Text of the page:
Not too long ago, I spent a Saturday morning at the farmers market and stumbled upon something I'd never seen before: probiotic soda. I perked up — was this the new kale? Was I on the verge of discovering a hot new food trend? From there, I started noticing probiotic products popping up everywhere I turned — from the supermarket to the Victoria's Secret Fashion Show.
Probiotics occur naturally in yogurt and some fermented foods, but with drinks, it's a little different; both probiotic soda and probiotic water start with water kefir grains. But, they're not actually grains — they're a combo of bacteria and yeast, which yields small, rubbery "grains" that sort of resemble cooked quinoa or little tapiocas. Imagine if a kombucha "mother" — the slimy bacterial disc used to brew the fizzy drink — had some children: the offspring would be these itty-bitty kefir grains.
At home, these grains create the beverage water kefir (probiotic water), as well as a sparkling beverage (carbonation comes from the fermenting process) sometimes called probiotic soda. We all know a can of soda is not great for you, but probiotic soda is actually healthy. However, since these water kefir grains can be a little more varied and unstable (you never know what balance of yeast and lactobacillus you'll get . . . yum), this method of making a probiotic drink doesn't really work as well outside a single or small batch. Many larger beverage companies leave the science of probiotics to Ganeden and its ingredient GanedenBC30, which is a specific and quite stable strain of probiotic. This particular strain allows you to get the best health benefits from a packaged beverage you'd buy in a store.
Probiotics are measured in CFU (colony forming units); you want to shoot for 500 million to 2 billion daily. And although doctors say you can get a good amount of probiotics from a cup of yogurt a day, or in foods like soft cheeses and sourdough bread, if you're a vegan, lactose intolerant, or gluten intolerant, it can be tough to get your daily dose without supplements. These drinks on the market typically offer an amount in the daily recommended range, and in some cases, way beyond.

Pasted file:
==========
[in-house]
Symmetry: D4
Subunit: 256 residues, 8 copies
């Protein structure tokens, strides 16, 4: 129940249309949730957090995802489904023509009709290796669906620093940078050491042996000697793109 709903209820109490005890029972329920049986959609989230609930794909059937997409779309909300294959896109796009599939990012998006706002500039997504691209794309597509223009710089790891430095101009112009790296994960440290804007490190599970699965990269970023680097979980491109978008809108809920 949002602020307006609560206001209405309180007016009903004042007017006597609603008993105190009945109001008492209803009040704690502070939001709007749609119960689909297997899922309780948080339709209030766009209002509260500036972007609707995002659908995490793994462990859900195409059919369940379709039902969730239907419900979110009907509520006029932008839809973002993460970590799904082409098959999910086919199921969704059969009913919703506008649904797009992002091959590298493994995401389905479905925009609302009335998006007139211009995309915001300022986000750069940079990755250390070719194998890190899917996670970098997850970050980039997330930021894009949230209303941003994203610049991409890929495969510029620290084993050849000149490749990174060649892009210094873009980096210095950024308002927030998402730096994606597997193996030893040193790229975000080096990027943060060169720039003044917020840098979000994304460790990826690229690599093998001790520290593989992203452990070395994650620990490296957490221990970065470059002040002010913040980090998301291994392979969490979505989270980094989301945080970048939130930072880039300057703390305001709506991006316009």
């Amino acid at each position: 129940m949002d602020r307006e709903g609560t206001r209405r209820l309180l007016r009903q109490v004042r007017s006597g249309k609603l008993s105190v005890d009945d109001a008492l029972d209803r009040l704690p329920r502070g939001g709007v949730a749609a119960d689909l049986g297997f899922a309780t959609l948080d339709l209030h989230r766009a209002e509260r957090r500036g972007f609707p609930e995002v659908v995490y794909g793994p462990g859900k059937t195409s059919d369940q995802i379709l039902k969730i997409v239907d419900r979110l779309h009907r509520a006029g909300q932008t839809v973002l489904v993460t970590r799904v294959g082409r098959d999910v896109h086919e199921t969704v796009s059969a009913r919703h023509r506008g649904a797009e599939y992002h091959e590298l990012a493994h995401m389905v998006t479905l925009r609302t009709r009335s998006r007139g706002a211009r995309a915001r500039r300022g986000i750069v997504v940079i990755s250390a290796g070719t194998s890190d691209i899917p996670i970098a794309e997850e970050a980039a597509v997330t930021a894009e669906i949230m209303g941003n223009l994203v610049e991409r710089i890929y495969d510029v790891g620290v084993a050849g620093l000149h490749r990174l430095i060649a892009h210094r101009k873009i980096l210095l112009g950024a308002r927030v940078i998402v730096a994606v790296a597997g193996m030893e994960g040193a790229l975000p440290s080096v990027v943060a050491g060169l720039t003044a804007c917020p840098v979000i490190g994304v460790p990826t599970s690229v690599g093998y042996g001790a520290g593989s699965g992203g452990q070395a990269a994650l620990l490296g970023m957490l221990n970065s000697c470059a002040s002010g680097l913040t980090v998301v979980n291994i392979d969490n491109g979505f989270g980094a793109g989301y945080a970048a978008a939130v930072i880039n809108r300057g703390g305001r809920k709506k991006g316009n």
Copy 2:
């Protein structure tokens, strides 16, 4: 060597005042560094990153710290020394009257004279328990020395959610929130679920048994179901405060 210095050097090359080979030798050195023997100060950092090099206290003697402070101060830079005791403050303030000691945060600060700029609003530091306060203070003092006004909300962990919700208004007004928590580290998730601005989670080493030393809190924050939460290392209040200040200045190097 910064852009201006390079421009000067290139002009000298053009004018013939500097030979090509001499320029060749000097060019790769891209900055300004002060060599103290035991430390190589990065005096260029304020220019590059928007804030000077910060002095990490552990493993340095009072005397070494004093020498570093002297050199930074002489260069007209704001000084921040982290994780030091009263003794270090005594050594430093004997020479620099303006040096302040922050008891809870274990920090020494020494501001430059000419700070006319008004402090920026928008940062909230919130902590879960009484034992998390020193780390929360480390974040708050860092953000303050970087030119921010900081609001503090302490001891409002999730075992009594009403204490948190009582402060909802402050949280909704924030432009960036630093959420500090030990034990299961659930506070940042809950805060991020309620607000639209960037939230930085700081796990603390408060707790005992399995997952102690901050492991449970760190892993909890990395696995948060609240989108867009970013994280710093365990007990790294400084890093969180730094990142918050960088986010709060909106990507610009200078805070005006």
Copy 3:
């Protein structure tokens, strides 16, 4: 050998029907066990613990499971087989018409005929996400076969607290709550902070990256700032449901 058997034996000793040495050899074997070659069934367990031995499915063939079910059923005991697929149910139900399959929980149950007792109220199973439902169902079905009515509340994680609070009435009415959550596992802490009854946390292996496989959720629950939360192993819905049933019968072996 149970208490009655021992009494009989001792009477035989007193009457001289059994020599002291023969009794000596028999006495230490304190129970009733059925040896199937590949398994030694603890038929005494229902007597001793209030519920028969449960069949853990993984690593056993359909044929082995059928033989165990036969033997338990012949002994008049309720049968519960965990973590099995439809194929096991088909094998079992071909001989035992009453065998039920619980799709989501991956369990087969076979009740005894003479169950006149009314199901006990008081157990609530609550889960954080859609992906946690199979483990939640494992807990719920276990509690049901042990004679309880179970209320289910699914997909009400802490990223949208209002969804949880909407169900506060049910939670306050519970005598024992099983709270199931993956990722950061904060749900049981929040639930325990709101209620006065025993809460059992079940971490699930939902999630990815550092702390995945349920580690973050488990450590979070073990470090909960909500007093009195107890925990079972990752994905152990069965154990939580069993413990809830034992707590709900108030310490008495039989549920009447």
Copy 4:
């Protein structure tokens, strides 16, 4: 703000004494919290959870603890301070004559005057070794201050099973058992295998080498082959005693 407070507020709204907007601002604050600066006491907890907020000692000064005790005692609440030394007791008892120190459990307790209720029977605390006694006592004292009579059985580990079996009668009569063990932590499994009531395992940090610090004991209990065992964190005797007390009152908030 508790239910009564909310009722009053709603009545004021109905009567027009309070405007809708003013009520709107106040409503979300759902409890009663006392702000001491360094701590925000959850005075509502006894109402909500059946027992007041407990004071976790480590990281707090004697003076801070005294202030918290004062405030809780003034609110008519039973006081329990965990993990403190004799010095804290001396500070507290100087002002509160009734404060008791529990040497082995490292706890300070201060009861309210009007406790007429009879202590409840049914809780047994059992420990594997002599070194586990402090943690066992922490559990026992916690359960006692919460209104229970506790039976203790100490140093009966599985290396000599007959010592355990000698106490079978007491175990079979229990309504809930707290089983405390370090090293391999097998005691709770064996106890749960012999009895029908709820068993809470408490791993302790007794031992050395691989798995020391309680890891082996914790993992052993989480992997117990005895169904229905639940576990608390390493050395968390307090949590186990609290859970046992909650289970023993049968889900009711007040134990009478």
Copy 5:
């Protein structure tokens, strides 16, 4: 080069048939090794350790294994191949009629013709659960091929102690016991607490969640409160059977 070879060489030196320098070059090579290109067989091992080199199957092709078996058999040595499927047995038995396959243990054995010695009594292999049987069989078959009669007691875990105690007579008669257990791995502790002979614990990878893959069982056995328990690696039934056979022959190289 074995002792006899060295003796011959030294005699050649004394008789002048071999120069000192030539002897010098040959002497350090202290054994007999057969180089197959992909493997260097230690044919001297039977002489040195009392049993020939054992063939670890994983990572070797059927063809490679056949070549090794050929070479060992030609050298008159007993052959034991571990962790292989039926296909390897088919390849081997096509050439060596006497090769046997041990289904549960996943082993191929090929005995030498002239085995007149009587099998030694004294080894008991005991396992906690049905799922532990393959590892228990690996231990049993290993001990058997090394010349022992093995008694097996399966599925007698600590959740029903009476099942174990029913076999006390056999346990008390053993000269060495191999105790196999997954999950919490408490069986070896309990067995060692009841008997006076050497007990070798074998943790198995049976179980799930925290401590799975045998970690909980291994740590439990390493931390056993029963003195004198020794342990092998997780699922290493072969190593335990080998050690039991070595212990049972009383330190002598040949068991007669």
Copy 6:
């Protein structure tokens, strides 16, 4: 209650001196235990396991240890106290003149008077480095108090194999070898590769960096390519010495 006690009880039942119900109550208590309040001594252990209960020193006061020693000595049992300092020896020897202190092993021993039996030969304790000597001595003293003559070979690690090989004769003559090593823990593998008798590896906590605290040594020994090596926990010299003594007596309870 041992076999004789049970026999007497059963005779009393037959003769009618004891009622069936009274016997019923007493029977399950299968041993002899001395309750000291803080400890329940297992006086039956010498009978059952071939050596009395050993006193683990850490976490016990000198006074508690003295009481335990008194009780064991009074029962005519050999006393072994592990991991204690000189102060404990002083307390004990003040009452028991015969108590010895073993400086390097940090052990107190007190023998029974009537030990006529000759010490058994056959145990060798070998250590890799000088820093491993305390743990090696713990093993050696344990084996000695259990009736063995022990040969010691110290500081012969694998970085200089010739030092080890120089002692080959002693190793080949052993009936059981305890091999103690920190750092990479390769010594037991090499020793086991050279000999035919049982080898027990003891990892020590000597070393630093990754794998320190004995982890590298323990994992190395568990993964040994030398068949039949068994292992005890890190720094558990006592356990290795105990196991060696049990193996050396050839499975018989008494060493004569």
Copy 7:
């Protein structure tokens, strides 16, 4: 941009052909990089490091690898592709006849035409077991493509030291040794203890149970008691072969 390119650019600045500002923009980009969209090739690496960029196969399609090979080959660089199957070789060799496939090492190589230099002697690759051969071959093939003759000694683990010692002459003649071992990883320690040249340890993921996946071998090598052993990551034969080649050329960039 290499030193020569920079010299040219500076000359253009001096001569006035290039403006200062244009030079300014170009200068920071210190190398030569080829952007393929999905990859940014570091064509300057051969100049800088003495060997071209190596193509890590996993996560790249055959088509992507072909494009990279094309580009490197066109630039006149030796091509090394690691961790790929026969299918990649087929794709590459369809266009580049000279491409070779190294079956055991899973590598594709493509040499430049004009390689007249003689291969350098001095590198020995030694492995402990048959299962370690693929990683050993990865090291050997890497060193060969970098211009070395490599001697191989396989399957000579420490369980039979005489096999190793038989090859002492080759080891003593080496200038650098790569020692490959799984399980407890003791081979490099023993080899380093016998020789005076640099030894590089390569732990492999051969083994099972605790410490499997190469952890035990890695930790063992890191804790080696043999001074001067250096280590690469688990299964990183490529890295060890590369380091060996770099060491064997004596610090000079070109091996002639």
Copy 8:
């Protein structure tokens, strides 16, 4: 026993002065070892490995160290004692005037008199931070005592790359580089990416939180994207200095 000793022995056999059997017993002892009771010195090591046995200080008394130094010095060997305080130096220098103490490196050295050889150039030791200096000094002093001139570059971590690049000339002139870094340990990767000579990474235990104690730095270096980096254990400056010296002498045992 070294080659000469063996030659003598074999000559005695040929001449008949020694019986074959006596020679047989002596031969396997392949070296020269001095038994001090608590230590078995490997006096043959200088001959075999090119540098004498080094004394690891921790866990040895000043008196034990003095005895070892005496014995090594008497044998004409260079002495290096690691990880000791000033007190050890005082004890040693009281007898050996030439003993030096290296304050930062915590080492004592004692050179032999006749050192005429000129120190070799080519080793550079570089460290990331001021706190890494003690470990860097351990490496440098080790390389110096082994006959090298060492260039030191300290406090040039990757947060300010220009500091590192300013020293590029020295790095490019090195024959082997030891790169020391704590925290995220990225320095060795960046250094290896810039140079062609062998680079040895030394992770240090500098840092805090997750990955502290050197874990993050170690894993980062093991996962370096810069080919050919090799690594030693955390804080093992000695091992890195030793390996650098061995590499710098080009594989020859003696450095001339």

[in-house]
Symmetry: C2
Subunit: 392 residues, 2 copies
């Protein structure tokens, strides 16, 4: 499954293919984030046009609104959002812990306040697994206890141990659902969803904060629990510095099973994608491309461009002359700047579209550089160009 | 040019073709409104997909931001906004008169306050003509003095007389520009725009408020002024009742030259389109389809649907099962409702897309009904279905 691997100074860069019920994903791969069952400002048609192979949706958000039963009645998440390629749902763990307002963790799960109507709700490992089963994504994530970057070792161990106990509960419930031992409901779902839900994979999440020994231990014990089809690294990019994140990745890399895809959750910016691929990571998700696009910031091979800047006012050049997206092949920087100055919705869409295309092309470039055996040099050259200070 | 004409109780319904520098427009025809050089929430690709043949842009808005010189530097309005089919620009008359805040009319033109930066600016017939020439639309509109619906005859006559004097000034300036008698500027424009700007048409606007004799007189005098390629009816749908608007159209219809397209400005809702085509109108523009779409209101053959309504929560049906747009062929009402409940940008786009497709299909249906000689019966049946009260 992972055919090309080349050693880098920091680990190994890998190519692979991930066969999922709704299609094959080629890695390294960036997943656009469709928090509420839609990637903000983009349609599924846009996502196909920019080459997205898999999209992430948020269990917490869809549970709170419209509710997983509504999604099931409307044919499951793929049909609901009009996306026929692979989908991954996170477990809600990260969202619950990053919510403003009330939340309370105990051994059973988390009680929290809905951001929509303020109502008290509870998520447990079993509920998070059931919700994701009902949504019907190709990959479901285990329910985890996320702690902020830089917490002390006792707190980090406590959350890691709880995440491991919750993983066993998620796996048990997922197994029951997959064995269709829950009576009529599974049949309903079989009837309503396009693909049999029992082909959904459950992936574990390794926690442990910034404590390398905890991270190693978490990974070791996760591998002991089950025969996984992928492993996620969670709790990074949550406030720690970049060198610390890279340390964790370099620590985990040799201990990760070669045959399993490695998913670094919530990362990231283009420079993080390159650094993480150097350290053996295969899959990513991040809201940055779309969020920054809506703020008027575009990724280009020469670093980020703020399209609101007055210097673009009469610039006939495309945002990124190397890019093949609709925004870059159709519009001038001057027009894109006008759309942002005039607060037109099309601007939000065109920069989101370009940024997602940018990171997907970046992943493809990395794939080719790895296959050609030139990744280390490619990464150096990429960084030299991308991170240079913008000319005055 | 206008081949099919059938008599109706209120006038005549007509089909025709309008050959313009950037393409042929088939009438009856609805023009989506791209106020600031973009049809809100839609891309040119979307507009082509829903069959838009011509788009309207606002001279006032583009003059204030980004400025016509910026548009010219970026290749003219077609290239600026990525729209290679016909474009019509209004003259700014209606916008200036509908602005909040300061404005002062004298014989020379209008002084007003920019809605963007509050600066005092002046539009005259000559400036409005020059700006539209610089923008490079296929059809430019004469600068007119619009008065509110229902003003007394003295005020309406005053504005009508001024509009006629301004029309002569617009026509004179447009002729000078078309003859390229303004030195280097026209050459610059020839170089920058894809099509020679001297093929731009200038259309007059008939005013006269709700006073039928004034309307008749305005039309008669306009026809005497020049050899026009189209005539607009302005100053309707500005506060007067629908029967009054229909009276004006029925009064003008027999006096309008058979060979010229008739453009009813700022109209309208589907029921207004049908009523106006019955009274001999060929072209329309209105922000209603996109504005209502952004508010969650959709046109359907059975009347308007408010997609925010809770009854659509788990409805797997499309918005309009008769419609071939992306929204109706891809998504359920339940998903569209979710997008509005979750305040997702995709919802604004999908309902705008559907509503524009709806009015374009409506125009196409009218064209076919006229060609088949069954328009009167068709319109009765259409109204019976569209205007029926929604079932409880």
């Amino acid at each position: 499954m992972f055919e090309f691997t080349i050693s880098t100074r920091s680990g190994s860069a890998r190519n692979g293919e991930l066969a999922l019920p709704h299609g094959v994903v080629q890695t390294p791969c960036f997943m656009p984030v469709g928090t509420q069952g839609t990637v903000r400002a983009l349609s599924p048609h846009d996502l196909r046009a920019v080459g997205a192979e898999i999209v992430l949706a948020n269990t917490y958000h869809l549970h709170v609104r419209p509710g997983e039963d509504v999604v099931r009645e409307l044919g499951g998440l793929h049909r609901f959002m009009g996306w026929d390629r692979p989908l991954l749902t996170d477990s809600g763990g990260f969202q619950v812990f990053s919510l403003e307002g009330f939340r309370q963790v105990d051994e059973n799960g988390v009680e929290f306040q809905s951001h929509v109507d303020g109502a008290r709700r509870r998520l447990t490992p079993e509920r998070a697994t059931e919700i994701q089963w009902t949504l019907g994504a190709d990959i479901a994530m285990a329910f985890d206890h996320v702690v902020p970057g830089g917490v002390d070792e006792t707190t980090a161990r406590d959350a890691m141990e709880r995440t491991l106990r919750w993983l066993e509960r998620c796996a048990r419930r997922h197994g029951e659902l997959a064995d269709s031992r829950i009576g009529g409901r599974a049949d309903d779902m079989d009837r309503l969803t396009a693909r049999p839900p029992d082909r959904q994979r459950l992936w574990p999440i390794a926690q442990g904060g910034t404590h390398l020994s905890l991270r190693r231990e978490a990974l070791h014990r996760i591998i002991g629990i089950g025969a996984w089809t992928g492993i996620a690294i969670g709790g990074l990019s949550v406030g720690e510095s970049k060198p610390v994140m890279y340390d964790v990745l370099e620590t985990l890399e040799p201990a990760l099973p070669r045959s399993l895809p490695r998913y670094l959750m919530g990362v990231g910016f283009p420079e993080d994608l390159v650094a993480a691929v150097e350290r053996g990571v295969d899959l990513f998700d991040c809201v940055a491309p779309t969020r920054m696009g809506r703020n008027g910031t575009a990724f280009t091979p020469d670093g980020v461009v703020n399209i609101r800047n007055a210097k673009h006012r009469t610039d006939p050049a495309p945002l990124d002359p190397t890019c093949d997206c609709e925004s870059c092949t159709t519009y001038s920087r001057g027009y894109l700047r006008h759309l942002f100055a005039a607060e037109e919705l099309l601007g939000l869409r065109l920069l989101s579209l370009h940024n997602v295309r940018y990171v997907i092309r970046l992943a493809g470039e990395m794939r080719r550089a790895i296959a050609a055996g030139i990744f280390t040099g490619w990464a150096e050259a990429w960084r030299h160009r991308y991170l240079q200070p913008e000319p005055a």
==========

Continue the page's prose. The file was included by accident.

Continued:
Ready to start sipping probiotic soda or water? Here are some options to try:
- Suja currently makes a Daybreak Probiotic Water ($4) but will launch a collection of waters Feb. 7 exclusively at Target ($3), which are made from fruits, veggies, and 2 billion CFUs of probiotics.
- KeVita has a line of sparkling probiotic drinks in flavors like mojita lime mint coconut and lemon ginger with 4 billion CFUs.
- Obi Soda makes a tart cherry and vanilla bean flavor we're dying to try, and each of Obi's four soda flavors have "no more than 2-5 grams of sugar from organic fruit or agave."
Victoria's Secret models seem to love this stuff. Backstage at the VS Fashion Show, the Angels were sipping on Suja Probiotic Water as they prepped for the runway. Suja reported that 450 bottles of the raspberry flavor were consumed. That's 900 billion CFUs of backstage bacteria.
If you're feeling adventurous and aren't grossed out by the thought of handling live bacteria in your kitchen, you can make these drinks. From a delicious healthy "spritzer" (like this sparkling strawberry probiotic soda) to the classic water kefir, a probiotic-rich beverage is easy to make at home. And if you're looking for a creamier alternative, or you're a little on the lactose-intolerant side, here's a recipe for milk kefir, which actually makes milk a little easier to digest.